Tuesday, October 26, 2010

What makes A Great Counselor?

With certainty we will all have experiences in our life (loss of a loved one, fired from a job, tragic car accident, watching your child make wrong decisions) that make no sense. And many of us will ask God, "Why?" Thankfully, there are many of you out there; pastors, friends, teachers, family, doctors, and counselors who are gifted in listening and giving timely Godly counsel. Without these relationships I think many people who suffer would move from faith to despair instead of slowly returning to God and hope. But how do great counselors engage people in a Christian context when they are suffering?

David Powlison in the book "Suffering and the Sovereignty of God" give a few timely hints...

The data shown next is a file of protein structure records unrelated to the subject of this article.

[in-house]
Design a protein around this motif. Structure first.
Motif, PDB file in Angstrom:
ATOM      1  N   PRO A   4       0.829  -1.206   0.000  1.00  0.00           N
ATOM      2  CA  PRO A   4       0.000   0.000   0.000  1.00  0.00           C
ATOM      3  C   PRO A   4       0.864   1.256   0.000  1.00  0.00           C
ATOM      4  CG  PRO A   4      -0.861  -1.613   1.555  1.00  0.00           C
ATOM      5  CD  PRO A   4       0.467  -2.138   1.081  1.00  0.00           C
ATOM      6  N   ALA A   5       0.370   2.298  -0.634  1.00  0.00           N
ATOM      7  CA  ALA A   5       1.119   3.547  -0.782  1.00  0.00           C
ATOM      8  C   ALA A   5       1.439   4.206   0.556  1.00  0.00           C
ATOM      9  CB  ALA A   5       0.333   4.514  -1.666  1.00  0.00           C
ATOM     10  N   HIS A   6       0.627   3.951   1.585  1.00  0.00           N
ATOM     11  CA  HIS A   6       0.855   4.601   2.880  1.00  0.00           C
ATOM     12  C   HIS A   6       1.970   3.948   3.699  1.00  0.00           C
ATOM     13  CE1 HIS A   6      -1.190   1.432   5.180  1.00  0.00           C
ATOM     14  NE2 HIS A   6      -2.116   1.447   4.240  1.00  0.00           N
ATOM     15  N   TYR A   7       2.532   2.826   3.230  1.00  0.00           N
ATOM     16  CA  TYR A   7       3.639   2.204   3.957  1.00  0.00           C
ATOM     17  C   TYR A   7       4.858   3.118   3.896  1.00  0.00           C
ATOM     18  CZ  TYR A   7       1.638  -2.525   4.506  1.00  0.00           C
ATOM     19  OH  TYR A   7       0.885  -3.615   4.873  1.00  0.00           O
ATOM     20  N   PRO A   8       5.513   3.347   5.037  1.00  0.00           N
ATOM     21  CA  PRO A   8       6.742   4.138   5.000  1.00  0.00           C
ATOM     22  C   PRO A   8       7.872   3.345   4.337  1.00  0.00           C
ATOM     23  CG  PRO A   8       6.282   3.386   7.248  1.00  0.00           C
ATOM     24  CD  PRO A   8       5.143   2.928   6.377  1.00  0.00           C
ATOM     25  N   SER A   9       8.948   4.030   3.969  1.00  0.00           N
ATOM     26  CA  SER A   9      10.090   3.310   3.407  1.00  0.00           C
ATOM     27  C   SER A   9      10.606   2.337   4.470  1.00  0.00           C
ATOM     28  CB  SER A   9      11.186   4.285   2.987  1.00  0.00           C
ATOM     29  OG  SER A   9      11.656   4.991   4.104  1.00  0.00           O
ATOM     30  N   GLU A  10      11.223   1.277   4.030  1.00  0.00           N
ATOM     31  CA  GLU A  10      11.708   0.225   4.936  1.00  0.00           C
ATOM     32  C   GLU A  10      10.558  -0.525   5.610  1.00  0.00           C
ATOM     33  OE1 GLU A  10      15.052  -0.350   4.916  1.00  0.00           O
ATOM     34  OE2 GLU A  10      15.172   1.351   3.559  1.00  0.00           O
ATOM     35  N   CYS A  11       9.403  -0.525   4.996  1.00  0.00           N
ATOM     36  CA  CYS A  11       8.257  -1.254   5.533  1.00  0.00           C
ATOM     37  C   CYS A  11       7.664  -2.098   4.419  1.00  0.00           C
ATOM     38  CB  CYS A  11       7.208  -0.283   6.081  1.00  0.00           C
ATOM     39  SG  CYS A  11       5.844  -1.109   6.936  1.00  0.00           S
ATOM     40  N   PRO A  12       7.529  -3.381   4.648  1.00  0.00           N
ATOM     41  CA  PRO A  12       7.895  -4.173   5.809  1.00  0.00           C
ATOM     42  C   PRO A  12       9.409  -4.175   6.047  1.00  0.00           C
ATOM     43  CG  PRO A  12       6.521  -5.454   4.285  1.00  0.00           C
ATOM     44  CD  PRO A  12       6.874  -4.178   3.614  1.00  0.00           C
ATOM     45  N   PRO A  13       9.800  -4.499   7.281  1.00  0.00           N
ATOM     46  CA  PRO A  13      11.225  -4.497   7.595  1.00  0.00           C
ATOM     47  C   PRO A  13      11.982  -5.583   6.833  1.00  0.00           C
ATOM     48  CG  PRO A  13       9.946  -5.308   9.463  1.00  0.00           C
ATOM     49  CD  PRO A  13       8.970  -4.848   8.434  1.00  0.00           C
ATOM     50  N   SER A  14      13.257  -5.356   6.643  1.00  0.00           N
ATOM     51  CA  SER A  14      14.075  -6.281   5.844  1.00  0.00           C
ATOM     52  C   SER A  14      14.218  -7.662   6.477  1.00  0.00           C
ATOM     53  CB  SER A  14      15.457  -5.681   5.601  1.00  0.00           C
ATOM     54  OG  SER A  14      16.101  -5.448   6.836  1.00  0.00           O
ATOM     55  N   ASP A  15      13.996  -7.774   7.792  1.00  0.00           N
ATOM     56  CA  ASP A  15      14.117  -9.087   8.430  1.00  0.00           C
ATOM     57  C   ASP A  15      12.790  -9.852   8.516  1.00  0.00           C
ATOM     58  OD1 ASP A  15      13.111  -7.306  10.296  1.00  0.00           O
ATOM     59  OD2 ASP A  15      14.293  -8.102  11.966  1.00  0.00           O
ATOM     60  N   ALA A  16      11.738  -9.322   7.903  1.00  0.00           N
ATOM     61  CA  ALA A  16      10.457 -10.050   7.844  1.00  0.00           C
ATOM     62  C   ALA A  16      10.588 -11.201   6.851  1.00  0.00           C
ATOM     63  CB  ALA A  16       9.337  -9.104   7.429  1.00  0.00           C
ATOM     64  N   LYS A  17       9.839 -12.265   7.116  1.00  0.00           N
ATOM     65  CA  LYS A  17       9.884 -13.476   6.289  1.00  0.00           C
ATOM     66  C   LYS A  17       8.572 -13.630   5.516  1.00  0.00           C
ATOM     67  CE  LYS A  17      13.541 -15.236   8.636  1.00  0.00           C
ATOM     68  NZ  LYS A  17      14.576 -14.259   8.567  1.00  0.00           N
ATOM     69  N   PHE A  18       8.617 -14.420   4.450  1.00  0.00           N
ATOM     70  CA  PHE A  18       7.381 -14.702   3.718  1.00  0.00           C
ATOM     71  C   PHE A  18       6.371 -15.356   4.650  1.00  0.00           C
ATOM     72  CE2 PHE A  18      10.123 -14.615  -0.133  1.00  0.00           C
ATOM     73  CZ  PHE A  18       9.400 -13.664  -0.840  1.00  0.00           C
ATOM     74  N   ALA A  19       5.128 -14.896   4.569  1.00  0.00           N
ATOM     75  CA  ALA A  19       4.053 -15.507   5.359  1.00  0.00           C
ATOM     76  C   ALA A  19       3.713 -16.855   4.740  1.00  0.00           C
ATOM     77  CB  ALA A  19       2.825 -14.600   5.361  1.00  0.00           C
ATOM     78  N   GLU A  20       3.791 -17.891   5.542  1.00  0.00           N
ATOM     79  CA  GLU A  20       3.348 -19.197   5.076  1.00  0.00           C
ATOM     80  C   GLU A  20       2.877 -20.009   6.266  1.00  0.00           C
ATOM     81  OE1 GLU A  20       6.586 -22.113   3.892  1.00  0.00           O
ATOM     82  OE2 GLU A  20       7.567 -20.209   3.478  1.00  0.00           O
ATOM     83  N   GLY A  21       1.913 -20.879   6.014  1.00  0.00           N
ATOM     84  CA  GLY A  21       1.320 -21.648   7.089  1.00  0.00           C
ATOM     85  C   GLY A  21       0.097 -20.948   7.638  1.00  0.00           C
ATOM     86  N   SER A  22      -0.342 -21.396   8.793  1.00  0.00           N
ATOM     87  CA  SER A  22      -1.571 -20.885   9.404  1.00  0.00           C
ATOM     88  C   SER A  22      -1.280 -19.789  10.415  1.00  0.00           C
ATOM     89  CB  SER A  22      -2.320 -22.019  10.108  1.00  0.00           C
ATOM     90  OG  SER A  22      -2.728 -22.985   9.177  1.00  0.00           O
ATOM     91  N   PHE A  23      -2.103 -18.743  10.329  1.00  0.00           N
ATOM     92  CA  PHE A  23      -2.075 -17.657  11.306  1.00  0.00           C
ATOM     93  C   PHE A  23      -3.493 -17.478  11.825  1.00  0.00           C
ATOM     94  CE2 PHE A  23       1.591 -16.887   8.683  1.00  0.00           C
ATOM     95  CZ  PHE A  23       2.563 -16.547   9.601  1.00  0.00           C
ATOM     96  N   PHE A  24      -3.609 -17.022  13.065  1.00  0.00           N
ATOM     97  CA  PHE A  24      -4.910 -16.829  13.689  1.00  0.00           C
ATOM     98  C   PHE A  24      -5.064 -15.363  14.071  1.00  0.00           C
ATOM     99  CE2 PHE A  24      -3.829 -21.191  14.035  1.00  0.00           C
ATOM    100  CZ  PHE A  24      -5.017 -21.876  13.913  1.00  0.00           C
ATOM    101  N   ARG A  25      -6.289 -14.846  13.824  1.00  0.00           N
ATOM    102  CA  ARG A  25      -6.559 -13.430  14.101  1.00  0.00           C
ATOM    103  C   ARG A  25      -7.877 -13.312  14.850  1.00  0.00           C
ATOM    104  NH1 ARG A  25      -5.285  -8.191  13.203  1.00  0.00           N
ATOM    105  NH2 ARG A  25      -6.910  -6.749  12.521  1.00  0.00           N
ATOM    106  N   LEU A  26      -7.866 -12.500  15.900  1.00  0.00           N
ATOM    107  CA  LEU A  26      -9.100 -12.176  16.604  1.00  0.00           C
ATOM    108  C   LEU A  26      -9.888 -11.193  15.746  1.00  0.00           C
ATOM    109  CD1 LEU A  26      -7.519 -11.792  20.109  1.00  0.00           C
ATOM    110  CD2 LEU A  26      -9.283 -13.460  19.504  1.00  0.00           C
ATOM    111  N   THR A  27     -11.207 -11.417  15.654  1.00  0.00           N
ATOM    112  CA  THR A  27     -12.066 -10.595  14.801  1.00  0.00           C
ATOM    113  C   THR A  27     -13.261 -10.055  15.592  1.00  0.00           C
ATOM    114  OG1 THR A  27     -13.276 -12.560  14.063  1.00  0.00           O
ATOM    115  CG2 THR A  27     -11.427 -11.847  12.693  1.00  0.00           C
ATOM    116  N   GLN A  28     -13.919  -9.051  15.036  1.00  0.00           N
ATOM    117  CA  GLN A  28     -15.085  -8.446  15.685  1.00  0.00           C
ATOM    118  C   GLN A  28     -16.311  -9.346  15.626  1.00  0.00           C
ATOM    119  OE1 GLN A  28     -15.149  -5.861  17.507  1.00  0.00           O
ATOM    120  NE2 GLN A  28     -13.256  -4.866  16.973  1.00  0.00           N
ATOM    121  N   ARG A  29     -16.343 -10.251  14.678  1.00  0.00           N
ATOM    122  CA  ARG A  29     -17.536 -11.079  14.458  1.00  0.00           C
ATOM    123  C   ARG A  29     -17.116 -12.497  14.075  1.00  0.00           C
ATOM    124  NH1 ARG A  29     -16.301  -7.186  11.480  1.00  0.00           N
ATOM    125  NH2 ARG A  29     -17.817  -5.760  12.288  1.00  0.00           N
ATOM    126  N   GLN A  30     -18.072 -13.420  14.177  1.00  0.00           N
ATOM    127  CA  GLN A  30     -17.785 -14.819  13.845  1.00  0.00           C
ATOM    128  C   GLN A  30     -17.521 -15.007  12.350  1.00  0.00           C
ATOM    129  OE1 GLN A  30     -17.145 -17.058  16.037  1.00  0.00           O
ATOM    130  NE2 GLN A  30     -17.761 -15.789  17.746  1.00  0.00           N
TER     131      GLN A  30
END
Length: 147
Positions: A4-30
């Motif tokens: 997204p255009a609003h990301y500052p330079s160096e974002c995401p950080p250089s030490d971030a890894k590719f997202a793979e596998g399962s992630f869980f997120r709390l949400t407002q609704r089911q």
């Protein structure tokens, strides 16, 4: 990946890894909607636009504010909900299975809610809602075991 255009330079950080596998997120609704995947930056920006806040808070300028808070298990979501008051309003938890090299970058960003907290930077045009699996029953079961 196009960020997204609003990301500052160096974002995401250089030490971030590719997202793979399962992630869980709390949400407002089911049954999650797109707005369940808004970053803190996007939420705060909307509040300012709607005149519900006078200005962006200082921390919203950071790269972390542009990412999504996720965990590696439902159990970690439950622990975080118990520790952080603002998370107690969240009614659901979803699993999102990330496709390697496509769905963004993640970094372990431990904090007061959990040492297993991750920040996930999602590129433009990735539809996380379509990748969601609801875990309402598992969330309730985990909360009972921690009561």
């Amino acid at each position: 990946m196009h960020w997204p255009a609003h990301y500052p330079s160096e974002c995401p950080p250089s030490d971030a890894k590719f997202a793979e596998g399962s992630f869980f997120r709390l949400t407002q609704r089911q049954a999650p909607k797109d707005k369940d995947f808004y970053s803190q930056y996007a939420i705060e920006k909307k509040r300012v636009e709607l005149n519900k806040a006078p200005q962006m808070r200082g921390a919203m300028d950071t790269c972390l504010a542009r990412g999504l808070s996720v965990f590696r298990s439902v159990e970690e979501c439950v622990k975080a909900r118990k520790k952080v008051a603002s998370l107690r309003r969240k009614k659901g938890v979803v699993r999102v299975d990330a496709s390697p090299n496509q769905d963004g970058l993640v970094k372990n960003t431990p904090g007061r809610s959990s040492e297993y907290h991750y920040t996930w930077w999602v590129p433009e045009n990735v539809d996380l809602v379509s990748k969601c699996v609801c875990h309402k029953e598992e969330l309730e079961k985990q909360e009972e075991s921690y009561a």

People... often focus exclusively on "the problem." They ask about "the problem." They offer advice for solving "the problem." They care for you! They are well-meaning attempts to be helpful. But the effect can become unkind. Many significant sufferings have no remedy until the day when all tears are wiped away. Your disease or disability is incurable. Your loved one is dead. The marriage is over. The money is gone. There may be partial helps along the way. There may be partial redemption. There will be no fix. Often the biggest problem for any sufferer is not "the problem." It is the spiritual challenge the problem presents. "How are you doing in the midst of what you are going through? What are you learning? Where are you failing? Where do you need encouragement? Will you learn to live well and wisely within pain, limitation, weakness and loss? Will suffering define you? Will faith and love grow, or will you shrivel up?" These issues are more important than "the problem" in the final analysis. They take asking, thinking, listening, responding. They take time. People are often clumsy and uncomprehending about the most important things, while pouring energy and love into solving what is often insoluble.

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